Then, the safety cap 52 is removed from the guide collar 40, and the ink container 12 is set as shown in FIG. 2 with the neck portion 18 inserted inside the guide collar 40.  As a result, the ink container 12 communicates with the ink cartridge
14 via the conduit 28.


When the ink container 12 communicates with the ink cartridge 14 through the refilling assembly 10, the ink inside the ink container 12 flows down into the cartridge 14 through the conduit 28 via gravity.  As the ink is transferred into the
cartridge 14, the air inside the cartridge 14 escapes outside of the cartridge 14 through the air passage 38 that is between the flat surface 36a of the lower portion 36 of the conduit and the ink inlet 46.  Thus, ink can flow into the cartridge 14
smoothly from the ink container 12.  The thus escaped air flows out to the air room 62 and further to outside of the ink refilling assembly 10 through the air spaces 60 that are formed by the gibs 14a between the outer surface of the ink cartridge 14 and
the inner surfaces of the side walls 24a of the ink refilling assembly 10.  This further helps the ink to be transferred smoothly from the ink container 12 to the cartridge 14.


After the ink refilling is completed, the ink container 12 is removed from the ink refilling assembly 10 and the ink inlet 52 is closed by another plug 43, such as a plastic plug or rubber plug.  In addition, the safety cap 42 is put on the
protective collar 40 so that the upper portion 34 of the conduit 18 sticks into the ink absorbing means 44.  As a result, the ink remaining inside and outside of the upper portion 34 of the conduit 18 is absorbed by the ink absorbing means 44, thus
preventing the ink from touching the desk, sleeve of a shirt of the user, etc. With the safety cap 52 on so that the ink absorbing material 44 covers the pointed end 38 of the conduit 28, any injury to, for instance, fingers of the user can be prevented.


The embodiments described above are to be considered in all respects as illustrative and not restrictive.  All changes which come within the meaning and range of equivalency of the invention are to be embraced therein.


* * * * *























				
DOCUMENT INFO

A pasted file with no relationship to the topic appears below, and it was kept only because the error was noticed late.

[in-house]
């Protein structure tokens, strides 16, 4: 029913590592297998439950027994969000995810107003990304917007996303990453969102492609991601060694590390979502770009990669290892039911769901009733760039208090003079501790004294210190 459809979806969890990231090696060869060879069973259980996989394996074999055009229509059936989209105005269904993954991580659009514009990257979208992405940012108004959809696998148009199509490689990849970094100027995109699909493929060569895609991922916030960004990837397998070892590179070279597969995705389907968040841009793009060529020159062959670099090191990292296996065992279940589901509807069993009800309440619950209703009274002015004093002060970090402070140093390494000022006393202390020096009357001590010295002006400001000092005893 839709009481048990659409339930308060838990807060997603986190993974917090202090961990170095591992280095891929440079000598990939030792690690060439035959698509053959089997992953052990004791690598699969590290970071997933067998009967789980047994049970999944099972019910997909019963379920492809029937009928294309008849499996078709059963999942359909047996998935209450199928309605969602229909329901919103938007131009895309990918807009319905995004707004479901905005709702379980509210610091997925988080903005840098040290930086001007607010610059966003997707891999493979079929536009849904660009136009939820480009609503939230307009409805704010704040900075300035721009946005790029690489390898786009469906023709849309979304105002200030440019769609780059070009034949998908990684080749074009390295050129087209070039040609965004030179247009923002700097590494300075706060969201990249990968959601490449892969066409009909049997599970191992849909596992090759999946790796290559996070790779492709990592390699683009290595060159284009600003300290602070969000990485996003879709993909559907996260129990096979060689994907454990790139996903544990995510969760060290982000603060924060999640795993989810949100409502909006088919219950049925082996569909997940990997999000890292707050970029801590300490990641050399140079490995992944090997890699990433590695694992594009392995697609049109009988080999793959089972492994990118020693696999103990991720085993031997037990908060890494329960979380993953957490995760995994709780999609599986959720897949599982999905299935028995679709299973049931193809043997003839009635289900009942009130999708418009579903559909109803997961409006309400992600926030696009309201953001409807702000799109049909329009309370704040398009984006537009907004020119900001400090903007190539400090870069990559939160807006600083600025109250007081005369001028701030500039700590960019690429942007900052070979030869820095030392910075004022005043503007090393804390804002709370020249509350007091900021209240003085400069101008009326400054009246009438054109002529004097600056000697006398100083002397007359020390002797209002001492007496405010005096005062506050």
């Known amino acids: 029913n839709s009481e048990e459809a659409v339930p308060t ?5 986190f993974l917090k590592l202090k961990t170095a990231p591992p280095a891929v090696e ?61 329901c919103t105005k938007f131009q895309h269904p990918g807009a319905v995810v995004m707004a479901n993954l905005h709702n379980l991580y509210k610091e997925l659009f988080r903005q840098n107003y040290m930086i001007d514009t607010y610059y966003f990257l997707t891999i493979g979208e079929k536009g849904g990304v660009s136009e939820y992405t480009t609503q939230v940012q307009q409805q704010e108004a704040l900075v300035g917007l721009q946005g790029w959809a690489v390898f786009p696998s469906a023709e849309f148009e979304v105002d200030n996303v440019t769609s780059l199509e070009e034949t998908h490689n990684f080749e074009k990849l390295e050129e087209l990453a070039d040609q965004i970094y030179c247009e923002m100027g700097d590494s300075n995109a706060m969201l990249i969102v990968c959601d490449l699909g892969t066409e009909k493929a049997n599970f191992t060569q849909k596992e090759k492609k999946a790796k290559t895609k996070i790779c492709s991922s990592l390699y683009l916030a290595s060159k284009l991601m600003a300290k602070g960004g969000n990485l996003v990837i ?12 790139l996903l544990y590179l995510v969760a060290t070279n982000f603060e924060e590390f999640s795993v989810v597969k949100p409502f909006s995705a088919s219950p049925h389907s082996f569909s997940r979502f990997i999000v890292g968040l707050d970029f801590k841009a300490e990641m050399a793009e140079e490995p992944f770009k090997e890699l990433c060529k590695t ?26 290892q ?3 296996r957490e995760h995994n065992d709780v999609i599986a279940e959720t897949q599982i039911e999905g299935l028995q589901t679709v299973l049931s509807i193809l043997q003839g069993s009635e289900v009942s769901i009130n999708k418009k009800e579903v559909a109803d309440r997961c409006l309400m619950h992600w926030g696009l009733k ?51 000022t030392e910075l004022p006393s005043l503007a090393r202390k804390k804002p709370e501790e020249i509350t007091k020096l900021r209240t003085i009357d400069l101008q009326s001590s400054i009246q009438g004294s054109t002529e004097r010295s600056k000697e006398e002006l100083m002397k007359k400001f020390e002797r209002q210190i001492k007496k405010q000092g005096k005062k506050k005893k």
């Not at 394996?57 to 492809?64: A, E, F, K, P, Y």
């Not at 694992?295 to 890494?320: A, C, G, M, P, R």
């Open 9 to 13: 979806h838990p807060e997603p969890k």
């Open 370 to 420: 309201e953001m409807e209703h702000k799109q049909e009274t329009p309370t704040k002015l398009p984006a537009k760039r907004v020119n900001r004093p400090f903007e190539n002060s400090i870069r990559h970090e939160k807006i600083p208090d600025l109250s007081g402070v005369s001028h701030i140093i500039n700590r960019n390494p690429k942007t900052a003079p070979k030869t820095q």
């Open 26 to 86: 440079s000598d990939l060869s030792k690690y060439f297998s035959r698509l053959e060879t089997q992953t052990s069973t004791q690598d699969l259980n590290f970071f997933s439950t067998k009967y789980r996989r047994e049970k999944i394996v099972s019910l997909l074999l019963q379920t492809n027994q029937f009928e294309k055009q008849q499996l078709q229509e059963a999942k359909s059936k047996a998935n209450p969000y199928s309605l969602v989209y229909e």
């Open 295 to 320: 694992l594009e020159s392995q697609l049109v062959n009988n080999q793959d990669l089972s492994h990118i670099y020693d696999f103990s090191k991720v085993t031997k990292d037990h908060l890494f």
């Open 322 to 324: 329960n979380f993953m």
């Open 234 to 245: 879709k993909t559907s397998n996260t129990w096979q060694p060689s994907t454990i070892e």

Description: 1. Field of the InventionThis invention relates to an ink refilling assembly or adapter for refilling a used ink cartridge with ink.2. Prior ArtA variety of ink cartridges have been developed for printers which use liquid ink for printing, such as ink jet printers. Some of the ink cartridges are disposed of once the ink contained in the cartridges has been depleted. Other inkcartridges may be refilled with ink when ink contained in the cartridges has been depleted.Typically, a refillable ink cartridge has an inlet port which may be closed by a plug or a cap. A syringe with a needle-like injector may be used to transport ink from a separate ink container into the refillable ink cartridge through the inletport. Alternatively, a separate ink container may include an injection nozzle which is attached to the container so that ink can be directly supplied from the container to the refillable ink cartridge.These prior art ink refilling injectors suffer some problems. For example, while the ink container is held by the hand of a user, at the same time, pressure must be applied to the ink container to push or squeeze out the ink from the containerinto the refillable ink cartridge. Such the ink refilling operation is often cumbersome and causes spillage over the refillable ink cartridge and other parts of the ink jet apparatus before the ink refilling operation is even started. Such ink spillagemay likely occur during and after the ink refilling operation.SUMMARY OF THE INVENTIONIt is an object of the present invention to provide an ink refilling assembly or ink refill adapter which facilitates the operation of refilling a used, empty ink cartridge with ink.It is another object of the present invention to provide an ink refilling assembly or adapter which facilitates a cleaner refilling operation.The objects are accomplished by, in accordance with one embodiment of the present invention, an ink refilling assembly for refilling an ink cartridge with ink from a separa